Proposal/specs for backend conditional requests / aka "GET If-Modified-Since" (GET IMS))

Nils Goroll slink at
Mon Sep 27 15:50:22 CEST 2010


I'd like to add a brief update to the following section summarizing my
understanding after talking to phk today, who seems to be really busy and
probably will not find time to respond before the weekend:

> To allow multiple cache objects to share body data, we want to add
> reference counters to struct storage following the example of the
> existing implementation for objects (HSH_Ref(), HSH_Unref() etc).

Though I still believe this should be pretty straight forward for all other
storages, it won't be for -spersistent. After studying the code for an hour or
so, my understanding is the following:

Persistent storage segments the cache (see and won't
re-use segments for new objects unless they are completely empty (no live
objects). Right now, this relies on the LRU and TTL based expiry to eventually
clean out segments before running out of space. Having multiple refs to the same
obj in persistent storage (and updating it again and again) would effectively
lead to more and more segments being kept from becoming empty.

I believe what is really needed is additional space management for the
persistent storage. In a first step, when running short of storage, objects
could get nuked from the smallest segment. In a second step, the mechanics to
copy live objects from one segment to another could be implemented. Ideally,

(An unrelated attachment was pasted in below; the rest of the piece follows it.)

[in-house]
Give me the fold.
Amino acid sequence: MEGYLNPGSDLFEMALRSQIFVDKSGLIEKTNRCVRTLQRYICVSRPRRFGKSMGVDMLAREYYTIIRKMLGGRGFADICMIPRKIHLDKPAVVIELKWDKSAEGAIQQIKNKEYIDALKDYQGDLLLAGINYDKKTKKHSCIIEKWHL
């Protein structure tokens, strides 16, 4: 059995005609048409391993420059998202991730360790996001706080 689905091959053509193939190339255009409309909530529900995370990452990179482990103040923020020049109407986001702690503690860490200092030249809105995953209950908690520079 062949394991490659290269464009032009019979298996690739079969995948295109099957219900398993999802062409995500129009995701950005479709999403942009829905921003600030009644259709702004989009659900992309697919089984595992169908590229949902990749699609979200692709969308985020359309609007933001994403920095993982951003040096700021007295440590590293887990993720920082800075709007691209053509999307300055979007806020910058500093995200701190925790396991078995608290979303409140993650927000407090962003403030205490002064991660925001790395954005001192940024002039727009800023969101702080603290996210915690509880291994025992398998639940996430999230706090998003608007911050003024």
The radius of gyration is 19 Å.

this could be vcl controlled ("should we rather nuke the object or bother
copying it?"). But I see some complications for both, mainly that storage would
need to know which objects are referencing it in order to update those (sounds

As long as we don't have any of this, I suggest two alternative temporary solutions:

a) If an object getting refreshed lives in persistent storage, we'll simply copy
it. Actually, the existing Rackspace implementation does this. This is far from
optimal, but won't make much of a difference for small objects and is still much
more efficient than re-fetching the object from backend like today, so we
shouldn't see any performance regression.

For other stevedores, we'll use the reference counter.

b) Add reference counters to persistent storage, too, and simply live with the
cache fragmentation issue. Those using persistent storage would be advised not
to use cache refresh.

At this point, I'd favor a).

Please note that all of this is my personal understanding. I am posting these
thoughts in the hope that my understanding is correct and I'd really appreciate
corrections if it's not.

Thank you, Nils

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